Yeasts in cavern environments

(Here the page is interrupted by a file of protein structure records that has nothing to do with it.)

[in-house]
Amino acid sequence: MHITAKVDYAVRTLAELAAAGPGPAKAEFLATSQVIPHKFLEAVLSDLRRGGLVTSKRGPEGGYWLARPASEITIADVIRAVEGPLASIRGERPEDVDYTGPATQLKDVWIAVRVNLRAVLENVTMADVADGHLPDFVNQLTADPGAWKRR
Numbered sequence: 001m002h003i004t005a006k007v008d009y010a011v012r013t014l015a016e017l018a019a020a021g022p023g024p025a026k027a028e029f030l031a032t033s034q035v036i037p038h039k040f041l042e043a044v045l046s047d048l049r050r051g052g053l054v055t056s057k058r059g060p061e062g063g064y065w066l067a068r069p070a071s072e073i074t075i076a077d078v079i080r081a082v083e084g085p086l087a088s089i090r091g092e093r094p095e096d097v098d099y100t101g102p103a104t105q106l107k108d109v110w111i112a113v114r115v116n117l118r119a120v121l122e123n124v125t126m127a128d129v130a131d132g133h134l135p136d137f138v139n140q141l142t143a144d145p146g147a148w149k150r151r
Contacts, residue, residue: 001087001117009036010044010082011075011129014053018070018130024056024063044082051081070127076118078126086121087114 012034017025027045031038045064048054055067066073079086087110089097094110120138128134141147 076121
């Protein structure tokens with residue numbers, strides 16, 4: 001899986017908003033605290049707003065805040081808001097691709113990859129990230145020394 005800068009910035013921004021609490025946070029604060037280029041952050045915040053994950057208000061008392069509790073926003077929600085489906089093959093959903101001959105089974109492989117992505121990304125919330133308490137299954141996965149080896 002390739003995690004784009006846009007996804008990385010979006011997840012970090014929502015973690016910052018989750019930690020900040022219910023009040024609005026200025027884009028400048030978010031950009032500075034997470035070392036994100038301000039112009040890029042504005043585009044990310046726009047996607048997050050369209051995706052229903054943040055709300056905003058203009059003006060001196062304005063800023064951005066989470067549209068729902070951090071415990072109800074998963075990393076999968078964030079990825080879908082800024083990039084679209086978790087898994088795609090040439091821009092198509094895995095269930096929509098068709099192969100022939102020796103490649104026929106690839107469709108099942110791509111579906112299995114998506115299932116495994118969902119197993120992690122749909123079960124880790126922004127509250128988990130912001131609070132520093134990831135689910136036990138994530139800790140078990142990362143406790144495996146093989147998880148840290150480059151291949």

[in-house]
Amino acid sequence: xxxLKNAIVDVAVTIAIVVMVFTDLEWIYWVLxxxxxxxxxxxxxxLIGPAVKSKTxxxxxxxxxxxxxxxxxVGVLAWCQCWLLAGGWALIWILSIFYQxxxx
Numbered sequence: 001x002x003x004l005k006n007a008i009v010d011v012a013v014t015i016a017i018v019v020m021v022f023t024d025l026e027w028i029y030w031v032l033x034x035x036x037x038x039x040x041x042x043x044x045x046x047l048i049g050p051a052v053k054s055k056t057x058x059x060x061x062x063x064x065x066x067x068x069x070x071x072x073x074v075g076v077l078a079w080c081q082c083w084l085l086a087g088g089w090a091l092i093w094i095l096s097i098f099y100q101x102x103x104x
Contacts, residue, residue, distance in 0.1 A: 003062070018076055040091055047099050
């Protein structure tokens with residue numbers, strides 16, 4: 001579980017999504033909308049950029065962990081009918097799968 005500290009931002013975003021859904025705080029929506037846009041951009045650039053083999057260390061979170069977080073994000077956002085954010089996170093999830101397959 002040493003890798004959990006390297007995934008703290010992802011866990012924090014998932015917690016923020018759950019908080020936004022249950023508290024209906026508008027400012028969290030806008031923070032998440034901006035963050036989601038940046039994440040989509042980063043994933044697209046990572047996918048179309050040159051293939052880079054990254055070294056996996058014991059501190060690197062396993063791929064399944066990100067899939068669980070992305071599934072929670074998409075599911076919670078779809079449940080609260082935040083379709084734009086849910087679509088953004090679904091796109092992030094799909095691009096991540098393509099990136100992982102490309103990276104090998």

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<ul><li><p>Archiv ffir Mikrobiologie 45, 111 -- 114 ( 1963 ) </p><p>Istituto di Microbiologia Agraria e Tecnica dell' Universith di Perugia (Italia) </p><p>Yeasts in Cavern Environments By </p><p>ALESSANDRO )IARTINI </p><p>(Received December 15, 1962) </p><p>Very little data are available on the presence of yeasts in calcareous soils of caverns. The researches on the ecology of yeasts in nature have neglected, up to present, the cavern environments, though the chemical and physical characteristics of cavern softs are very different from those of surface ones. However, the work conducted by the author of the present paper in two caverns around Perugia/ I ta ly (MAt~TI~I 1962a, 1962b) has shown the occurrence of Blastomycetes on them. </p><p>The work reported in this paper was carried out following techniques already used by the authors who studied the ecology of yeasts in nature (CAP~IOTTI 1959, 1962; CASTELLI 1957). The results obtained permit a comparative study of the diffusion of yeasts in different habitats and of the relations between species and environment. </p><p>Methods Four soil samples were taken from the 'Tian delle Rotte" cavern (80U/PG) </p><p>situated near Campello sul Clitunno (Perugia/Italy). The first sample (A) was col- lected in the wood surrounding the entry of the cavern, the second one (B) on the bottom of the entrance pit, the third (C) along the wall of an internal room and the fourth (D) in the last cavity of the cavern. </p><p>Three other samples (E-F-G) always collected with the above mentioned pro- cedure, were coming from the cavern of "Parrano" (12U/Tt~). The sample indicated as H was taken from a deposit of bat guano of the Parrano cavern. </p><p>500 g of each soil were brought to the laboratory in sterile bottles and the en- richment cultures were prepared as follows: 100 ml of grape-must (pH 3.5 -- sugar 20~ in 150 ml Erlenmeyer flasks were inoculated with 2 g of each sample of soil and incubated at 25~ Microscopic examination of the growth were carried out every 24th hour while isolations were made at the end of a 10 day period by streaking on malt agar in plates. </p><p>Totally 61 pure cultures of yeasts were isolated. Their identification was made up following the procedure of LODDE~ and K~EGEI~ VAZr RI5 (1952) excepting the method of CAPgIOTTT (1955a) used for the carbon assimilation tests. </p><p>Results In Tables 1 and 2 the results of identification work are referred. As </p><p>regards to any one isolated species, the number of strains isolated from each sample and their frequency on the cavern soils are reported. As can </p><p>Arch. :~ikrobiol., ]~d. 45 8 </p></li><li><p>112 ALESSANDRO ~RTIEI : </p><p>be seen f rom these tables there is a lways present in all the samples a yeast flora prevai l ing ly composed by sporogenous species. The most wide ly d is t r ibuted species in P lan delle Rot te cavern is Saccharomyces </p><p>Table 1. Species isolated on the samples coming /rom the "Plan delle rotte" cavern </p><p>Species isolated </p><p>Sporogenous 1. Sacch. italicus Castelli 2. Sacch. cerevisiae Hansen 3. Sacch. capensis van der Walt 4. Sacch. ]ructuum Lodder et K. van Rij 5. Sacch. uvarum Beijerinck 6. Hansenula subpelliculosa Bedford 7. Sacch. microellipsodes Osterwalder 8. Sacch. smittii CapriotM 9. Debaryomyces, species I </p><p>10. Sacch. veronae Lodder et K. van Rij 11. Sacch. carlsbcrgensis ttansen 12. Sacch. ellipsoideus Hansen </p><p>. Asporogenous 13. K{oeckera magna de' Rossi </p><p>Total </p><p>4 4 </p><p>n ~ of strains isolated from the samples </p><p>B C </p><p>i i 13 5 4 3 2 </p><p>- 1 </p><p>-- 2 - - 3 </p><p>1 - - 1 </p><p>- - 2 </p><p>11 13 </p><p>9 </p><p>2 </p><p>1 2 </p><p>1 </p><p>3 3 </p><p>12 </p><p>To~ally isolated strains </p><p>37 9 7 2 1 2 3 3 1 </p><p>40 </p><p>Table 2. Species isolated on the samples coming ]rom the "Parrano" cavern </p><p>Species isp]ated </p><p>I. Sacch. smittli Capriotti 7 2. Sacch. italicus Castelli 2 3. Sacch. oviformis Osterwa]der 4. Sacch. microellipsodes Osterwalder ~-- 5. Debaryomyces, species/ / </p><p>n ~ of strains isolated from the samples </p><p>- - 2 </p><p>- - 2 </p><p>4 </p><p>4 4 </p><p>Totally isolated strains H </p><p>- - 9 </p><p>- - 4 </p><p>- - 4 </p><p>3 3 1 1 </p><p>4 21 </p><p>The sample indicated as "H" comes from a bat guano deposit of the same cavern. </p><p>italicus Castel l i wi th 9 strains, whi le in the Par rano cavern is Saccharo- myces smittii Capr iott i a lways w i th 9 strains. In the former cavern Saccharomyces cerevisiae Hansen is also present wi th 7 strains whi le the remain ing species do not reach the same f requency on the to ta l of iso lated strains. Moreover we can point out the fact that only 3 strains out of 40 </p></li><li><p>Yeasts in cavern environments 113 </p><p>were asporogenous and that 10 species out of 13 were belonging to the genus Saccharomyces. </p><p>In the latter cavern all the isolated species were sporogenous while 4 of them out of 5 could also be referred to the genus Saccharomyces. </p><p>The two Debaryomyces indicated as species I and / / , because of the fermentation and assimilation characters, could not be identified with any previously described species. For this reason we believe it necessary, before describing them as new species, to make a more detailed study which will be referred to in a following paper. </p><p>Discussion At the end of the above mentioned paper (MAnT~I 1962b) on the </p><p>microflora of Monte Cucco cavern we concluded that the presence of yeasts on cavern soils has to be ascribed to the transport action of bats and insects and that we cannot speak of as indigenous flora. In the present work also, the differences between the samples coming from the external soils and those collected inside the cavern are not so great as to change the mentioned conclusions. Very interesting is the marked prevalence of sporogenous species on the asporogenous ones: out of 61 isolated only 3 species were reported to the asporogenous genus Kloeckera. </p><p>A short comparison with the results obtained by CA~gIOT~I (1955b) on the yeasts found in some soils of Central Italy permits us to point out the fact that species as Saccharomyces ovi/ormis Osterwalder, Saccharo- myces microellipsodes Osterwalder and Saccharomyces ellipsoideus Hansen are present in both habitats. The other species also, Saccharomyces italicus Castelli, Saccharomyces uvarum Beijerinck, Hansenula subpelliculosa Bedford and Kloeckera magna De' Rossi, are normally present in the grape- musts coming from the vineyards of the same zone. </p><p>At length we can conclude that the presence of yeasts in habitats characterized by a low temperature (5~ all over the year) and by a content of only proteic substances is particularly interesting for the study of their ecology in nature. In this connection we have in mind of making a detailed study on soils of caverns completely isolated from the external environment. </p><p>Summary l~esearehes on the yeast flora of 8 soil samples collected from 2 caverns </p><p>of Umbria (Italy) show the presence of 15 different species of yeasts, 14 sporogenous and 1 asporogenous. Comparisons are made between yeasts flora of caverns and that of surface soils. </p><p>A c k n o w 1 e d g e m e n t. The author wishes to express his appreciation to the Speleo- logical Group of the Institute of Geology of the University of Perugia, Italy, directed by Professor CESARE LIP1)I BOlgCASIBI who made possible the collection of samples. </p><p>8* </p></li><li><p>114 ALESSANDRO I~ARTINI: Yeasts in cavern environments </p><p>References CAt'RIOTTI, A. : Intorno al saggio di assimilazione degli zuccheri da parte dei lieviti. </p><p>Biochim. appl. (Parma) 4, 31 (1955a). -- I lieviti di alcuni terreni dell'Italia Centrale. Riv. Biol. 47, 209 (1955b). -- The yeasts of certain soils from Sweden. Kungl. Lantbruksh6gskolans Annaler 25, </p><p>185 (1959). -- The yeasts of the Miami, Florida, area. Arch. Mikrobiol. 41, 142--146 (1962). CAST]~LLI, T. : Climate and agents of wine fermentation. Amer. J. Enol. 8, 149 (1957). :LODDER, J., and N. J. W. KaEGEa VAN ~IJ: The yeasts -- A taxonomic study. </p><p>Amsterdam: Nor th Ho l land Publishing Co. 1952. MARTINI, A. : Alcune indagini preliminari sulla microflora delle caverne. ]:~ass. </p><p>Speleologica Ital iana 16, 3 (1962a). - - La microflora della caverna di Monte Cuceo -- I a Nota: I blastomiceti. Ann. Fac. </p><p>Agraria Perugia 16 (1962b). </p><p>Dr. A. MARTINI, Ist i tuto di Microbiologia Agraria e Tecnica dell' UniversitA di Perugia, Italia </p></li></ul>